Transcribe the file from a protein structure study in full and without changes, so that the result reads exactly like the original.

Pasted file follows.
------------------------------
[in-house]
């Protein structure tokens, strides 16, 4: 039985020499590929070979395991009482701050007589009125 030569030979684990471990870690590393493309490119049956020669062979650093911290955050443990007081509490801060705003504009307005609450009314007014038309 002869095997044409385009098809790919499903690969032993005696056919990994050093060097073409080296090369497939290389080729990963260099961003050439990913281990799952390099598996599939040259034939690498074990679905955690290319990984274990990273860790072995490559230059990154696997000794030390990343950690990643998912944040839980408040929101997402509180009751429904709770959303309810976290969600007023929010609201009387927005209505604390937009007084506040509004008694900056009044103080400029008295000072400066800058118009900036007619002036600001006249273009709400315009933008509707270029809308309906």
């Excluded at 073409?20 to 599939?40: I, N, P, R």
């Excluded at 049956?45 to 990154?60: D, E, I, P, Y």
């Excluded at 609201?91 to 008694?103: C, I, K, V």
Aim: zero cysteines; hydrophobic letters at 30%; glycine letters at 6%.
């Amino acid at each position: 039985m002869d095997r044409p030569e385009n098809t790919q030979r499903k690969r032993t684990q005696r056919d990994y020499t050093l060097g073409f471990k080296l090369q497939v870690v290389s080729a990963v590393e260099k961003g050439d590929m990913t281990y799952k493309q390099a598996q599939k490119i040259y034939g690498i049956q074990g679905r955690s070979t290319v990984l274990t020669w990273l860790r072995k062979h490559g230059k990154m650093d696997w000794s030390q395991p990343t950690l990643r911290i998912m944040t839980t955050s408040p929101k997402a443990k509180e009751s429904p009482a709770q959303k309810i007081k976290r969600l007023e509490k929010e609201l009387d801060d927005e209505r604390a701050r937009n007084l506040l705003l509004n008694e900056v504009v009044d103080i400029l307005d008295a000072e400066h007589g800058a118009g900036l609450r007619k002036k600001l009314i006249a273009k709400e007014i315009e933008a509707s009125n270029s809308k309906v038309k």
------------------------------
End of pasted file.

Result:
[in-house]
């Protein structure tokens, strides 16, 4: 039985020499590929070979395991009482701050007589009125 030569030979684990471990870690590393493309490119049956020669062979650093911290955050443990007081509490801060705003504009307005609450009314007014038309 002869095997044409385009098809790919499903690969032993005696056919990994050093060097073409080296090369497939290389080729990963260099961003050439990913281990799952390099598996599939040259034939690498074990679905955690290319990984274990990273860790072995490559230059990154696997000794030390990343950690990643998912944040839980408040929101997402509180009751429904709770959303309810976290969600007023929010609201009387927005209505604390937009007084506040509004008694900056009044103080400029008295000072400066800058118009900036007619002036600001006249273009709400315009933008509707270029809308309906």
């Excluded at 073409?20 to 599939?40: I, N, P, R």
């Excluded at 049956?45 to 990154?60: D, E, I, P, Y």
């Excluded at 609201?91 to 008694?103: C, I, K, V």
Aim: zero cysteines; hydrophobic letters at 30%; glycine letters at 6%.
């Amino acid at each position: 039985m002869d095997r044409p030569e385009n098809t790919q030979r499903k690969r032993t684990q005696r056919d990994y020499t050093l060097g073409f471990k080296l090369q497939v870690v290389s080729a990963v590393e260099k961003g050439d590929m990913t281990y799952k493309q390099a598996q599939k490119i040259y034939g690498i049956q074990g679905r955690s070979t290319v990984l274990t020669w990273l860790r072995k062979h490559g230059k990154m650093d696997w000794s030390q395991p990343t950690l990643r911290i998912m944040t839980t955050s408040p929101k997402a443990k509180e009751s429904p009482a709770q959303k309810i007081k976290r969600l007023e509490k929010e609201l009387d801060d927005e209505r604390a701050r937009n007084l506040l705003l509004n008694e900056v504009v009044d103080i400029l307005d008295a000072e400066h007589g800058a118009g900036l609450r007619k002036k600001l009314i006249a273009k709400e007014i315009e933008a509707s009125n270029s809308k309906v038309k």